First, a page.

Based on the novel by ex-gangster Goro Fujita, the five films encompassing the Outlaw Gangster VIP series were released in Japan by the Nikkatsu studio, between 1968 and 1969 (a quite breathtaking run) and both prefigured and influenced the more widely known later series of yakuza films, Kinji Fukasaku’s Battles Without Honour and Humanity (also released as a sumptuous box set by Arrow).
What sets these films apart from the Battles Without Honour series is the sharp focus on Goro (here renamed Fujikawa) as a central character, and the women and men who orbit his story, friends, lovers and enemies, which gives this series a stronger emotional core. In fact, the series is definitely elevated by the way it looks at the roles of the women, and gives them frequent and effective voices, as they are caught up in the dramas instigated by the men around them.
Simple and direct storytelling holds sway throughout the films, but that isn’t to say there isn’t cinematic beauty to be found here – a knife fight taking place on scaffolding, another beneath the pillars of a bridge, a back alley fight as dust billows the wind up around the protagonists, a knife duel through a city river as teenage girls unknowingly play a game of netball close by, an assassination in a rain drenched children’s playground, Goro taking on an entire gambler’s den under the ballad accompanied open titles or a climactic fight in a paint factory, this series is consistently visually inventive.
A sequence in Outlaw Gangster No 2 highlights both this inventiveness and deeper heart, cutting back and forth between Goro in Yokahama and his friend Yumeko back in Hirosaki City on her death bed – a cigarette snuffed out, the lights of a train station switched off – is heart rending in its simplicity, as Goro’s boss has previously destroyed the telegram informing Guro of her illness and the assassin carries out his business unaware of her passing.
Towering above all this is Tetsuya Watari as Goro. The actor strides through this saga like an acting behemoth, moving effortlessly between gangster cool and gangster cold, all the while battling the raging conflicts within him caused by the demands of honour and duty, compromise and betrayal and those of a man in love. It’s a constant throughout the series, a fearless, heartfelt performance that deserves attention and respect.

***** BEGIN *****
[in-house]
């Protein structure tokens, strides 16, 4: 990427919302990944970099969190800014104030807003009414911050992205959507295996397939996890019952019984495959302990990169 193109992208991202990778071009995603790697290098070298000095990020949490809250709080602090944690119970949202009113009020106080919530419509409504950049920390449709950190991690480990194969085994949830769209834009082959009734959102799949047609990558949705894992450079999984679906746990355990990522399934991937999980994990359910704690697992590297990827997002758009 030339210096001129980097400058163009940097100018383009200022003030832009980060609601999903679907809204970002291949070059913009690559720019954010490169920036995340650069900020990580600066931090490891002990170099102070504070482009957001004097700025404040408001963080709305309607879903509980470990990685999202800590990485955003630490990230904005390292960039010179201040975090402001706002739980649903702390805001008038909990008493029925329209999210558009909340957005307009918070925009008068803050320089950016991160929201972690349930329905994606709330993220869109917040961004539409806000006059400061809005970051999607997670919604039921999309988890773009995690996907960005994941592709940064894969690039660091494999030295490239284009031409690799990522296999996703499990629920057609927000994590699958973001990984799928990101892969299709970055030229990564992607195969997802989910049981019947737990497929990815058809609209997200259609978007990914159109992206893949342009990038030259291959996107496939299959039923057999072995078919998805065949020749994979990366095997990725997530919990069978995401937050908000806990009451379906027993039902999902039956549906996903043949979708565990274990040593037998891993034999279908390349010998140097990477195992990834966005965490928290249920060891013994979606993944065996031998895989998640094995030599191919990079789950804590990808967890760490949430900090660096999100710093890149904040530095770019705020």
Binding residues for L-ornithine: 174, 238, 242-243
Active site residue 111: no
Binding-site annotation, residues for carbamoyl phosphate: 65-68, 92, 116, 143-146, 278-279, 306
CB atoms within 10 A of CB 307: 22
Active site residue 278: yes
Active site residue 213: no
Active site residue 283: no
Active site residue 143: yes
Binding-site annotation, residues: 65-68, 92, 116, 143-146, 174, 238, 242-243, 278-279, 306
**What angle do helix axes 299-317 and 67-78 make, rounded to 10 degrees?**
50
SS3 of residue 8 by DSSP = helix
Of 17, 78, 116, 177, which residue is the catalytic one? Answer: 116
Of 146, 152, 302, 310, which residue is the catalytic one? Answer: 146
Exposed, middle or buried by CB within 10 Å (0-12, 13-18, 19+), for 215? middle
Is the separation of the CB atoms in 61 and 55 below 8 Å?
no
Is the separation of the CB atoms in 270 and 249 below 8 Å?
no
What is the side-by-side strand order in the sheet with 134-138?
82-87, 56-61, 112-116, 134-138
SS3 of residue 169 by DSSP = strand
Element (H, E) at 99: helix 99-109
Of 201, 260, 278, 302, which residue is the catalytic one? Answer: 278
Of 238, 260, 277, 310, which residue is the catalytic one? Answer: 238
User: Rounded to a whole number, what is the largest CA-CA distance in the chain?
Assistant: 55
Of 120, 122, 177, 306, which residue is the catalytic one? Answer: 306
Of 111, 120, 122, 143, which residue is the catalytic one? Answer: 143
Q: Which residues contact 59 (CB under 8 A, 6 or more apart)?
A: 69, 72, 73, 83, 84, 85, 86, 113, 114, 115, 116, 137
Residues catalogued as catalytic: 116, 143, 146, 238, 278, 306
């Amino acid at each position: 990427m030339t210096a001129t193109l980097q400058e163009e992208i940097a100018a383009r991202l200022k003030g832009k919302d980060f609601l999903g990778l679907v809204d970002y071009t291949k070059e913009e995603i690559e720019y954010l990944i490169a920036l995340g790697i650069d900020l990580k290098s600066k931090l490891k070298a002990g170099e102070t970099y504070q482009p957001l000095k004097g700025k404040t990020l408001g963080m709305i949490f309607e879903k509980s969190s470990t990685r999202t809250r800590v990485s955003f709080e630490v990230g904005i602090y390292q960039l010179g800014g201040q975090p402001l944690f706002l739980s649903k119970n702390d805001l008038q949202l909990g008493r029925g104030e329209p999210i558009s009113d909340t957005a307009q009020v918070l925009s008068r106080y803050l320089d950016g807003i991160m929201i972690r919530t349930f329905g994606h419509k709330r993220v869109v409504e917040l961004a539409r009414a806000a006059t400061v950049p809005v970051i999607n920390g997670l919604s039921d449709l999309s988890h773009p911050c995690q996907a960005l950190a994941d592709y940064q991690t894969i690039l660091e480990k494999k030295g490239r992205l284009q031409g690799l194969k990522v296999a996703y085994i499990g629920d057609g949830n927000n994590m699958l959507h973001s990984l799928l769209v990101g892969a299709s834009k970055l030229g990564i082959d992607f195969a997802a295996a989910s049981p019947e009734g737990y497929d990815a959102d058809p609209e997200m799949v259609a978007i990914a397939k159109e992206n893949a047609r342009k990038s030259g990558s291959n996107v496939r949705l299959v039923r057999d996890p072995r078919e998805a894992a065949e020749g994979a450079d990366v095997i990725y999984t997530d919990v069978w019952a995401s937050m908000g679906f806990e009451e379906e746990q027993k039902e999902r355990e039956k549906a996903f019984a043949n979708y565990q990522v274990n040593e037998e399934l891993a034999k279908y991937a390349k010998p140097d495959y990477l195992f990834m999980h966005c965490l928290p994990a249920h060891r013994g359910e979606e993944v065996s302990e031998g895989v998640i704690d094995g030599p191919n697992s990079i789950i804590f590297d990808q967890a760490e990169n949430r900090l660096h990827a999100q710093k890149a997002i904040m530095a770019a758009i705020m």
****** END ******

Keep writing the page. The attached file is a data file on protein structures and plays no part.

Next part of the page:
The series is also filled with great performances from the likes of Chieko Matsubara (as Goro’s love, Yukiko) and fans of the Female Prisoner Scorpion and series can catch Meiko Kaji in the second film, as an appetiser for Arrow’s box set release of those films later in 2016. Of course, Kaji also stars in Arrow’s excellent release of the two Lady Snowblood films.
Colour looks great throughout the films, mostly drenched in the greys and browns of yakuza offices and backrooms, but vibrant when splashed with the hot neons of nightclubs and bars, the dazzling snow of the countryside or the lush green of a mountainside cemetery.
Extras include commentaries, visual essays and trailers and it’s worth noting that this set is the first legal release of the films in the west, and so features the first official, English subtitled editions.
Arrow’s box set is a treat from beginning to end, a saga of love and honour, brutal violence and sweeping romance, that becomes almost soap opera like in its twists and turns. Sit down with the first film and you’ll find yourself emerging a day later, like the yakuza version of a Netflix show. And while certain tropes do reappear from film to film, the sheer power of Watari’s broiling intensity and the elegantly direct but layered storytelling will carry you through the few low points.
Limited to only 3000 copies, you should pick this up as soon as possible, this is a VIP presentation of a VIP series of films that will stay with you long after your first viewing.
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